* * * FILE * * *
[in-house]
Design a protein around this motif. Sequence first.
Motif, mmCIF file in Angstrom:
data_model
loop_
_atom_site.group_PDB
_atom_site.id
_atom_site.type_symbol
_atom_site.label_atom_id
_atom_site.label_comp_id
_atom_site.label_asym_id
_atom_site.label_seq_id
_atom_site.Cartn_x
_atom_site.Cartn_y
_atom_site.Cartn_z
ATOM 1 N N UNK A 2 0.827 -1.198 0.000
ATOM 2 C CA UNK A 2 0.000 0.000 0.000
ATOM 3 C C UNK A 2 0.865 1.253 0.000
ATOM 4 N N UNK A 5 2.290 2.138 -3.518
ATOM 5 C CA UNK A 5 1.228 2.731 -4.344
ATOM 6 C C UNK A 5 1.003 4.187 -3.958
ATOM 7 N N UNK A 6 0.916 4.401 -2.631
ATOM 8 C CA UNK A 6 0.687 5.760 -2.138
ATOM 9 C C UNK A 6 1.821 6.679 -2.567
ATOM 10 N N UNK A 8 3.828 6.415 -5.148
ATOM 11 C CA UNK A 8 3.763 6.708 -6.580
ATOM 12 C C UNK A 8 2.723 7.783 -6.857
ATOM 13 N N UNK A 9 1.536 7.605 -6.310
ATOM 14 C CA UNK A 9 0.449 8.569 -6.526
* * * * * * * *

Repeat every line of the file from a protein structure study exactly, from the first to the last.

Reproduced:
[in-house]
Design a protein around this motif. Sequence first.
Motif, mmCIF file in Angstrom:
data_model
loop_
_atom_site.group_PDB
_atom_site.id
_atom_site.type_symbol
_atom_site.label_atom_id
_atom_site.label_comp_id
_atom_site.label_asym_id
_atom_site.label_seq_id
_atom_site.Cartn_x
_atom_site.Cartn_y
_atom_site.Cartn_z
ATOM 1 N N UNK A 2 0.827 -1.198 0.000
ATOM 2 C CA UNK A 2 0.000 0.000 0.000
ATOM 3 C C UNK A 2 0.865 1.253 0.000
ATOM 4 N N UNK A 5 2.290 2.138 -3.518
ATOM 5 C CA UNK A 5 1.228 2.731 -4.344
ATOM 6 C C UNK A 5 1.003 4.187 -3.958
ATOM 7 N N UNK A 6 0.916 4.401 -2.631
ATOM 8 C CA UNK A 6 0.687 5.760 -2.138
ATOM 9 C C UNK A 6 1.821 6.679 -2.567
ATOM 10 N N UNK A 8 3.828 6.415 -5.148
ATOM 11 C CA UNK A 8 3.763 6.708 -6.580
ATOM 12 C C UNK A 8 2.723 7.783 -6.857
ATOM 13 N N UNK A 9 1.536 7.605 -6.310
ATOM 14 C CA UNK A 9 0.449 8.569 -6.526